TLN Top 10: Leafs Forwards, 10-6

At this point you’ve seen the TLN All-Time Roster, you’ve seen the lines we’d roll with them, but we haven’t actually ranked them until now. We’re taking a slightly different approach and the rankings have entirely been left in my hands with the caveat of not being able to introduce any new forwards into the mix. So my apologies to Benoit Hogue, Mike Johnson, and Peter Zezel who I love so much, but wouldn’t be able to sausage into the top ten. The same is true of other deserving forwards like Joe Primeau, Busher Jackson, and Ron Ellis who were all given some consideration when we made the All-Time team, which is still somewhat contentious to even those of us who made it.

Today we’ll give you 6-10, tomorrow you’ll get the top five forwards according to me, since I’m clearly the authority of the nearly 100 years of Leafs history and I’m sure there will be nothing to debate.

10. Syl Apps

Syl has the numbers (1.02 ppg as a Leaf) to warrant being on the All-Time team and statistically you could make a case for him being in the top ten forwards group as well based on that production, but one of the things that separated my reasoning from some of the others who have been contributing to this project is that for me it’s more the stories surrounding the player that define their worth as Leafs, as well as being a part of team that had success.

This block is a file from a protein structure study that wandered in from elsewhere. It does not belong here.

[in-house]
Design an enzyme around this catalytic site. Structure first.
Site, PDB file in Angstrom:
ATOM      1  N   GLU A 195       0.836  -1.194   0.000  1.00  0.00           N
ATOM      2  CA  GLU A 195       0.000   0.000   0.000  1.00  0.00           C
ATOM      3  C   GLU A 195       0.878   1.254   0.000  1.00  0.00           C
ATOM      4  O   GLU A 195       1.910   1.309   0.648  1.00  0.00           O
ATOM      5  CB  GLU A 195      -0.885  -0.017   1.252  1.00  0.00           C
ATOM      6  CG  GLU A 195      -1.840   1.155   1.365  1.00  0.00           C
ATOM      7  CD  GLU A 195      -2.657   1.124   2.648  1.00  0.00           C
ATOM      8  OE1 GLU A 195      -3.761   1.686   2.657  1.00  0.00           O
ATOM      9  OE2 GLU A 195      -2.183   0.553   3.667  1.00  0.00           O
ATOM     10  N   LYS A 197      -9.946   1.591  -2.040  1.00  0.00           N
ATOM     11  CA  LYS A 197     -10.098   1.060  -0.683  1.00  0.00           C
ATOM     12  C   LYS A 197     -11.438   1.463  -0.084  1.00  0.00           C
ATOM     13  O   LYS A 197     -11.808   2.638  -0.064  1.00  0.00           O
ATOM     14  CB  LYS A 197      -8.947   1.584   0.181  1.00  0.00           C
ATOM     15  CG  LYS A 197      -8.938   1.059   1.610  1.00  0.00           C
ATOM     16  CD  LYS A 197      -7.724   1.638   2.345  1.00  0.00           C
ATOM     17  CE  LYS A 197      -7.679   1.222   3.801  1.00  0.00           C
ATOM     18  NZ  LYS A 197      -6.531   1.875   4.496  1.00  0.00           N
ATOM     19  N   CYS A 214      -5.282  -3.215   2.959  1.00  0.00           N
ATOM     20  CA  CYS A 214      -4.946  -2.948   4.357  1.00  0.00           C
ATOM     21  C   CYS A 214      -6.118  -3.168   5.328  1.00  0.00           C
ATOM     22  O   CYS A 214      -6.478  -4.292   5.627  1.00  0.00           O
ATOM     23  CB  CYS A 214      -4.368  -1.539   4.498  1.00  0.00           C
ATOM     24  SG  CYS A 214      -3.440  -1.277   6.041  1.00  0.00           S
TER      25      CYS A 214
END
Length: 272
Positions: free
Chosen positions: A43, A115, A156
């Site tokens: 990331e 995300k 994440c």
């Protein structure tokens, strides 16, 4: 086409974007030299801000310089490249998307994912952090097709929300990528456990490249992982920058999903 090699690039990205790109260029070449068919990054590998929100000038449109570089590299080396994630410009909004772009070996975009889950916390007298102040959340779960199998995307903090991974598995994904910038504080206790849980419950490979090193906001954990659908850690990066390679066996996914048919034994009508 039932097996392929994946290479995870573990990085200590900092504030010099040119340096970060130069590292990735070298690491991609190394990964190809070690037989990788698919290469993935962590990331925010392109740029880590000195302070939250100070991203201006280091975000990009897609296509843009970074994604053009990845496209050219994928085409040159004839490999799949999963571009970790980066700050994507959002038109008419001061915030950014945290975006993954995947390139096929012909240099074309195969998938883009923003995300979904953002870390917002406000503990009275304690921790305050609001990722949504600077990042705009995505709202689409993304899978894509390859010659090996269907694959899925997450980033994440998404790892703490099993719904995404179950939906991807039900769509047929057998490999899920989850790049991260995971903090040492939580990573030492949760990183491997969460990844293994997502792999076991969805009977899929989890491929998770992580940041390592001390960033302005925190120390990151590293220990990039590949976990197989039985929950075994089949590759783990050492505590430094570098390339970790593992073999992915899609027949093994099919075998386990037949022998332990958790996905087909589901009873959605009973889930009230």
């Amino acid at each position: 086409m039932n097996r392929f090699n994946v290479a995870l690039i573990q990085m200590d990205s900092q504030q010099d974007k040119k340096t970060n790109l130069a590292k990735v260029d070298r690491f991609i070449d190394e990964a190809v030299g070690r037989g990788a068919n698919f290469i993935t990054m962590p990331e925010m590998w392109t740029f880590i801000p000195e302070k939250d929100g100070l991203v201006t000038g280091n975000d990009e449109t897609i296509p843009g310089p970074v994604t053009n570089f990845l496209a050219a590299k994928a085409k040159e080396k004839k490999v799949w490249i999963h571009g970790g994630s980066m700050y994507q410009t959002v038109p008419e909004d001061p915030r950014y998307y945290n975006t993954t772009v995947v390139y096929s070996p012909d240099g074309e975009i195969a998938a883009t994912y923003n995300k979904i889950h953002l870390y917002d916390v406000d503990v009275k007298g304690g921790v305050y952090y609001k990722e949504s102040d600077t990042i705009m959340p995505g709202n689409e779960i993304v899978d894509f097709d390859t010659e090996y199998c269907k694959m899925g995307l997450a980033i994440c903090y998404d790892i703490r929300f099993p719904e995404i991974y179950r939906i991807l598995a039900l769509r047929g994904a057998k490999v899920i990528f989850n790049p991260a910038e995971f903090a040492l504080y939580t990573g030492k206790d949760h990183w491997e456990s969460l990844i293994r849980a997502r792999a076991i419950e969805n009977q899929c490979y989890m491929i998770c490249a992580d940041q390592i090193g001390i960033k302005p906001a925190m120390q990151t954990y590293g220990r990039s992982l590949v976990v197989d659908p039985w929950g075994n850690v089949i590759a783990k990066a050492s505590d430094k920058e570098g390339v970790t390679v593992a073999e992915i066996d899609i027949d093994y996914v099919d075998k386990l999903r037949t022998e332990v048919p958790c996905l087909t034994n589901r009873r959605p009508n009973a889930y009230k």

Syl Apps fits the criteria of being a Leafs legend quite easily. Here’s a guy who held off joining the Leafs in 1936 so he could go to Berlin to be an Olympic pole vaulter, and less than a decade later left the Leafs so he could return to Germany to fight Nazis. 

Throw in a Lady Byng win, three cups, and his captaincy and it’s not too difficult to see why we value Apps as one of the greatest Leafs forwards.

9. Doug Gilmour

It kind of pains me to put Gilmour this low on the list because he really is the player I most associate with my happiest time as a Leafs fan. The trade that made Gilmour a Leaf was such robbery that he was a fan favourite before he even played a game for the Leafs and Dougie just got better from there.

With Gilmour as the top line center the Leafs had back to back Conference Final appearances which is pretty much as good as it gets for the Leafs post-1967 and his Selke Award was the last major performance award brought home by a Leaf.

By the numbers Dougie is a shoo-in for this list too. His 127 point season was a Leafs best, and his 1.15 points per game is unmatched. 

So I guess the real question is why is he not higher? I guess it comes down to the fact we really only had three full seasons of Gilmour although he played in parts of six as a Leaf. There was the season he was acquired from Calgary, the year he was dealt to New Jersey, and the shortened 1994-95 season that worked against him. A longer tenure and you could probably make a case for Gilmour at or near #1. 

8. Lanny McDonald

I love that this project means I get to write about how much I love Lanny McDonald twice. If you click the link above you can read more about my love of Lanny, but I also love what Lanny represents. Lanny represents a time when the Leafs had a 40 goal per season winger playing with a 100 point per season center in Sittler and in the past 50 years having those two types of players at the same time is a rarity.